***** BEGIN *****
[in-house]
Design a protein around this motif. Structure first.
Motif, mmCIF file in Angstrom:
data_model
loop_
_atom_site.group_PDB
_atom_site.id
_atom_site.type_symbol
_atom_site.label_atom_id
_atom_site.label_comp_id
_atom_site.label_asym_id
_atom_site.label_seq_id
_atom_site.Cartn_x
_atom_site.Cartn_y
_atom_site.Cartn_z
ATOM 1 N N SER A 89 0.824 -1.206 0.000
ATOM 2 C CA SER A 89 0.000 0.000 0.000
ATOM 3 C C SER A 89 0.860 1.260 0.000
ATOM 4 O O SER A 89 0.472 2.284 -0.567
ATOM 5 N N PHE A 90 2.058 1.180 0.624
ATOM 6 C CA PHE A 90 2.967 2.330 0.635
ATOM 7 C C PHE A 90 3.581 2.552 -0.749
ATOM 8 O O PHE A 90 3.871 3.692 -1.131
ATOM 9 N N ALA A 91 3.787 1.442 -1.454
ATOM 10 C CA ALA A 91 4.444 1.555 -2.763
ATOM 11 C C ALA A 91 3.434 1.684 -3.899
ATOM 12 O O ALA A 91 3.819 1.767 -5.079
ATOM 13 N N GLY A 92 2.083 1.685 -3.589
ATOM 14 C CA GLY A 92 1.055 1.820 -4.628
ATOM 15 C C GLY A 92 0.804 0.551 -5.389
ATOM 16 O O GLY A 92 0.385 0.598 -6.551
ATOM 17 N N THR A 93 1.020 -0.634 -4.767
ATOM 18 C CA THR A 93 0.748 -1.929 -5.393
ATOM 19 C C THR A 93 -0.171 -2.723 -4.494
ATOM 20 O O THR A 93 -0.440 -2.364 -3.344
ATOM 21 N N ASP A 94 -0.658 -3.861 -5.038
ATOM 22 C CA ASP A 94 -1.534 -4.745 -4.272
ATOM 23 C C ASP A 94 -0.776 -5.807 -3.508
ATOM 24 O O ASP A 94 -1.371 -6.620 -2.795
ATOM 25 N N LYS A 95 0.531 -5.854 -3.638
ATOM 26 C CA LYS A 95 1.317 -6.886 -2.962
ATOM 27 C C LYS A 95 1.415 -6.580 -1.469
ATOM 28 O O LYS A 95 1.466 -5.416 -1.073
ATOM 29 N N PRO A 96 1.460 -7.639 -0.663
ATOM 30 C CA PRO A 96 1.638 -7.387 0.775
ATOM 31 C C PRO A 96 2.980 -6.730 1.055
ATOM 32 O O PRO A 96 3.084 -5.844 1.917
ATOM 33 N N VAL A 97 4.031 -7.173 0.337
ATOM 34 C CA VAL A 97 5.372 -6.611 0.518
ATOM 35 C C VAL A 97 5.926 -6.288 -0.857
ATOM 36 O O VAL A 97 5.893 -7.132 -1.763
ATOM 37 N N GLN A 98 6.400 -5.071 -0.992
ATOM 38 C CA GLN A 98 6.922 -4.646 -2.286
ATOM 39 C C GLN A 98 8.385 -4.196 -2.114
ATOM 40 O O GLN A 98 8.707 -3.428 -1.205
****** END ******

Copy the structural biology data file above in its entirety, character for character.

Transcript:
[in-house]
Design a protein around this motif. Structure first.
Motif, mmCIF file in Angstrom:
data_model
loop_
_atom_site.group_PDB
_atom_site.id
_atom_site.type_symbol
_atom_site.label_atom_id
_atom_site.label_comp_id
_atom_site.label_asym_id
_atom_site.label_seq_id
_atom_site.Cartn_x
_atom_site.Cartn_y
_atom_site.Cartn_z
ATOM 1 N N SER A 89 0.824 -1.206 0.000
ATOM 2 C CA SER A 89 0.000 0.000 0.000
ATOM 3 C C SER A 89 0.860 1.260 0.000
ATOM 4 O O SER A 89 0.472 2.284 -0.567
ATOM 5 N N PHE A 90 2.058 1.180 0.624
ATOM 6 C CA PHE A 90 2.967 2.330 0.635
ATOM 7 C C PHE A 90 3.581 2.552 -0.749
ATOM 8 O O PHE A 90 3.871 3.692 -1.131
ATOM 9 N N ALA A 91 3.787 1.442 -1.454
ATOM 10 C CA ALA A 91 4.444 1.555 -2.763
ATOM 11 C C ALA A 91 3.434 1.684 -3.899
ATOM 12 O O ALA A 91 3.819 1.767 -5.079
ATOM 13 N N GLY A 92 2.083 1.685 -3.589
ATOM 14 C CA GLY A 92 1.055 1.820 -4.628
ATOM 15 C C GLY A 92 0.804 0.551 -5.389
ATOM 16 O O GLY A 92 0.385 0.598 -6.551
ATOM 17 N N THR A 93 1.020 -0.634 -4.767
ATOM 18 C CA THR A 93 0.748 -1.929 -5.393
ATOM 19 C C THR A 93 -0.171 -2.723 -4.494
ATOM 20 O O THR A 93 -0.440 -2.364 -3.344
ATOM 21 N N ASP A 94 -0.658 -3.861 -5.038
ATOM 22 C CA ASP A 94 -1.534 -4.745 -4.272
ATOM 23 C C ASP A 94 -0.776 -5.807 -3.508
ATOM 24 O O ASP A 94 -1.371 -6.620 -2.795
ATOM 25 N N LYS A 95 0.531 -5.854 -3.638
ATOM 26 C CA LYS A 95 1.317 -6.886 -2.962
ATOM 27 C C LYS A 95 1.415 -6.580 -1.469
ATOM 28 O O LYS A 95 1.466 -5.416 -1.073
ATOM 29 N N PRO A 96 1.460 -7.639 -0.663
ATOM 30 C CA PRO A 96 1.638 -7.387 0.775
ATOM 31 C C PRO A 96 2.980 -6.730 1.055
ATOM 32 O O PRO A 96 3.084 -5.844 1.917
ATOM 33 N N VAL A 97 4.031 -7.173 0.337
ATOM 34 C CA VAL A 97 5.372 -6.611 0.518
ATOM 35 C C VAL A 97 5.926 -6.288 -0.857
ATOM 36 O O VAL A 97 5.893 -7.132 -1.763
ATOM 37 N N GLN A 98 6.400 -5.071 -0.992
ATOM 38 C CA GLN A 98 6.922 -4.646 -2.286
ATOM 39 C C GLN A 98 8.385 -4.196 -2.114
ATOM 40 O O GLN A 98 8.707 -3.428 -1.205